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FOOTBALL'S WEEK
Mervin Hyman
November 27, 1961
As Texas' sun set in the West last week, Alabama's rose in the East. Undefeated, the Crimson Tide beat Georgia Tech, perhaps the toughest team on its schedule, 10-0 and replaced Texas as the nation's highest-ranked team.
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November 27, 1961

Football's Week

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THE WEST

California football, which had seemed to be on the rise, was suddenly down on all fours again. In the most disastrous weekend of the season, UCLA and USC, who meet Saturday for the right to go to the Rose Bowl, and California and Stanford sadly came to defeat.

Washington's tricky Charlie Mitchell put UCLA in a hole when he ran the opening kickoff back 90 yards for a touchdown. The Bruins fumbled the first time they got their hands on the ball and, three minutes later, Washington's Dick Schmidt kicked a 21-yard field goal to put Washington ahead 10-0. Forced to throw when Washington's ends and corner backs throttled their favorite sweeps, the Bruins passed for 241 yards, but it was Mike Haffner's two short runs that put them in front 13-10 in the second quarter. However, the lead proved to be a temporary one. Bill Siler broke through the UCLA line for 25 yards in the last period, and Washington won 17-13. "We made enough mistakes to last for 10 years," said a disgusted Coach Bill Barnes. "We just played a damned lousy game."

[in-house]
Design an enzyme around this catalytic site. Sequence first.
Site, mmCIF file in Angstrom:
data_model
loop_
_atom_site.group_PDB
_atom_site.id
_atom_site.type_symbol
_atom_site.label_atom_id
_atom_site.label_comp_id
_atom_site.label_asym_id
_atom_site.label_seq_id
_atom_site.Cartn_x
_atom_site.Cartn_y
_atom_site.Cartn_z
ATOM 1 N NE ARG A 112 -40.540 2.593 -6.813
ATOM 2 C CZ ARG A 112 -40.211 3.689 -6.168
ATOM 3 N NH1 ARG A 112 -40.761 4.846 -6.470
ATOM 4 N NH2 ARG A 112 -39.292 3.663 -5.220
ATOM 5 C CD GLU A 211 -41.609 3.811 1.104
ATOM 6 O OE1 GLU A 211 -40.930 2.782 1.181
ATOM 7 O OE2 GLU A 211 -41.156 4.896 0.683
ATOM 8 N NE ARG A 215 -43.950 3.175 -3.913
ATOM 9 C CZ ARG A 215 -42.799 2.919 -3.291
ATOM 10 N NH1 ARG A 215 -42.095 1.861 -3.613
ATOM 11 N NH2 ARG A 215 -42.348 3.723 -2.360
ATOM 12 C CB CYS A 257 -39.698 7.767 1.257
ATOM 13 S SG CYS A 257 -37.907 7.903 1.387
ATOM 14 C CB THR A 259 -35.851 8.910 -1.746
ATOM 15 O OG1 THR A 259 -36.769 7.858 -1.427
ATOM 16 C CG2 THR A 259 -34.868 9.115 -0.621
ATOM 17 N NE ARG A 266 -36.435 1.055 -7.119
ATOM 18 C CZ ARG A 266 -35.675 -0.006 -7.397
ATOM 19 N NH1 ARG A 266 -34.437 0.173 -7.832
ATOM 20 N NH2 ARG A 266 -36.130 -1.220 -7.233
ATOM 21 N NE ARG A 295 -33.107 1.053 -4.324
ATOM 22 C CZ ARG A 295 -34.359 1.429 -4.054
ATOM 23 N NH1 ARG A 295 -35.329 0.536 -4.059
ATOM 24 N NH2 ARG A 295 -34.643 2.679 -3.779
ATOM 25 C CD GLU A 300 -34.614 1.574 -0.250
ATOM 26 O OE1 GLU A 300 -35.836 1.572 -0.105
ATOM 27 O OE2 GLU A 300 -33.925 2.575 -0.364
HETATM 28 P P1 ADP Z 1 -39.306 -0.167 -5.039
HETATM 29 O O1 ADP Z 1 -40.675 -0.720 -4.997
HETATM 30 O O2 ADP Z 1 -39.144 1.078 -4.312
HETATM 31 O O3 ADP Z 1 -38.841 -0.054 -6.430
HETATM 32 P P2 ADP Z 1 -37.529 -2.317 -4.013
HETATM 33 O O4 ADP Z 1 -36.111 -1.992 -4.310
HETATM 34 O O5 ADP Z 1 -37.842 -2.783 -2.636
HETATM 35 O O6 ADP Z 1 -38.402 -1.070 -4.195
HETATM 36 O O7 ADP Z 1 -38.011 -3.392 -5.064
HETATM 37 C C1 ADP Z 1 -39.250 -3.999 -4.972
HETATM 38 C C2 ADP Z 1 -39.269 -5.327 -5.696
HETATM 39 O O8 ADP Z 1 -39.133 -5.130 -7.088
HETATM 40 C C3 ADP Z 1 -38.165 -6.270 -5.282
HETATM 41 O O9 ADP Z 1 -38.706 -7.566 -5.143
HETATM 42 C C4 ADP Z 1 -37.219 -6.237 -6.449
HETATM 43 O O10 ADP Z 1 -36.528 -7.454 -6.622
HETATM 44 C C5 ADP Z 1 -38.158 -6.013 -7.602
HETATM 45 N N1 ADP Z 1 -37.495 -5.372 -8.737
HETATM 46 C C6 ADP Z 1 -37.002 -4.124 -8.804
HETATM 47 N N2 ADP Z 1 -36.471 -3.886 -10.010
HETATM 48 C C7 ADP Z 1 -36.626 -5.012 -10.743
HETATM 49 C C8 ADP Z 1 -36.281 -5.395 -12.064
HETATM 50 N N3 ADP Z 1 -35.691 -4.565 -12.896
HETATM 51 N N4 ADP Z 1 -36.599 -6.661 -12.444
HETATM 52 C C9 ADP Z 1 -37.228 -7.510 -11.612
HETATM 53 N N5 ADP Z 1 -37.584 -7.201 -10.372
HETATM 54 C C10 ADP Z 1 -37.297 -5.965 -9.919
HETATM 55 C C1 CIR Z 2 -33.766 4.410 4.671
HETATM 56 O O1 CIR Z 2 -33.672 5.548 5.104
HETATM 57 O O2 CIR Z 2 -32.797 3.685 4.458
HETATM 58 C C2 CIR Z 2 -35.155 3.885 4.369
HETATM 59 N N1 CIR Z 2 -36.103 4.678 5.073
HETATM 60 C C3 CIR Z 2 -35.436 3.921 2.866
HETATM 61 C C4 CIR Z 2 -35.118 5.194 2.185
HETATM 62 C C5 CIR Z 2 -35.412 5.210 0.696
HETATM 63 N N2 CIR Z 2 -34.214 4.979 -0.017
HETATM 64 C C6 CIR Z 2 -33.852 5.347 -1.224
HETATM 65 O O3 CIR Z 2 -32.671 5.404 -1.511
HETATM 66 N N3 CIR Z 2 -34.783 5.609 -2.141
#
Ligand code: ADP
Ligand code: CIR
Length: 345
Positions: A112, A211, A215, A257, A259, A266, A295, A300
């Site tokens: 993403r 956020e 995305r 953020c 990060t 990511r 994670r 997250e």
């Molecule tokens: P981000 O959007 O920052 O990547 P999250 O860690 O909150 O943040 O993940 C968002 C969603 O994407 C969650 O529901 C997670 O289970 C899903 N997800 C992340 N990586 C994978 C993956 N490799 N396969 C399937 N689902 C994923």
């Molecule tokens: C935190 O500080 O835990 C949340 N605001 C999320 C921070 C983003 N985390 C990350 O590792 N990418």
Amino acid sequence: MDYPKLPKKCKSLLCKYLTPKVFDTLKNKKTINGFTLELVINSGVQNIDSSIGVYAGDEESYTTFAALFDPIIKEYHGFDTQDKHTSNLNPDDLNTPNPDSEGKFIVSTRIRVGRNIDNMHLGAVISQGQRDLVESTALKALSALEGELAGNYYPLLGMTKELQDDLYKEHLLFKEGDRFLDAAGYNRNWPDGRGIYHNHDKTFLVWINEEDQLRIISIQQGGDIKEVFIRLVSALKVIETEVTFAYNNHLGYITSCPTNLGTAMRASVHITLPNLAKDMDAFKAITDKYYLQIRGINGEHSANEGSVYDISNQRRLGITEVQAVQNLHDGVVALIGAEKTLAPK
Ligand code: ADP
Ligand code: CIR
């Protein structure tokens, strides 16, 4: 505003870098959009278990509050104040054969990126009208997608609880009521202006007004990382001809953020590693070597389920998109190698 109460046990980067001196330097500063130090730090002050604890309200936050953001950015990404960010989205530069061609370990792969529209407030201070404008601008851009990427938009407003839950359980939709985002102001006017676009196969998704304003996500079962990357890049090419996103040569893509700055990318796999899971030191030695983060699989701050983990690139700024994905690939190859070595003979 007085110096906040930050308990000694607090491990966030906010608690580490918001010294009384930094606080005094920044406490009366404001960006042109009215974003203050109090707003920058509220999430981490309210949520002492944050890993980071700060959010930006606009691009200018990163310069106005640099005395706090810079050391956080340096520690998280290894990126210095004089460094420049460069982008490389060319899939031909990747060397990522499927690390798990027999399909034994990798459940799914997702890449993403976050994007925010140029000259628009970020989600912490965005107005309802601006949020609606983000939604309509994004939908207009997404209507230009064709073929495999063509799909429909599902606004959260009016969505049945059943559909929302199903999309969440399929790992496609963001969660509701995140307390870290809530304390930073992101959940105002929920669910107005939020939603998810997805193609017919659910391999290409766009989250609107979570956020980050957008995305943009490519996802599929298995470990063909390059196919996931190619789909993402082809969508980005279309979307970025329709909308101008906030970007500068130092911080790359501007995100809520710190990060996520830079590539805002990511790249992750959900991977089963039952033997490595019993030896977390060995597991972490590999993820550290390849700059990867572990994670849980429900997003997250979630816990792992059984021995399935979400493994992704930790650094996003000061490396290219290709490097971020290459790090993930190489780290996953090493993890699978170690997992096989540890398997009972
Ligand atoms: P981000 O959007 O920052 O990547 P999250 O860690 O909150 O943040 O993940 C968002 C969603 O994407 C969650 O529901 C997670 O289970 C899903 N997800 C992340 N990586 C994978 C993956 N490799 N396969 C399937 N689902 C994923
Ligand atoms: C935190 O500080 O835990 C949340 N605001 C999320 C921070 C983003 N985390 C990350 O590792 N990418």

Things were even worse up north. Washington State, wisely mixing a potent ground game with Quarterback Mel Melin's passes to End Hugh Campbell, who scored twice, had no trouble rolling over Stanford 30-0. But the most humiliating disaster was the one that hit Cal. Kansas, aiming for a bowl bid, sent John Hadl, Curt McClinton (who scored four touchdowns) and its other talented backs running through, around and over the sprawling Bears, flattening them 53-7. The top three:

1. UTAH STATE (9-0-1)
2. UCLA (6-3)
3. WYOMING (6-1-2)

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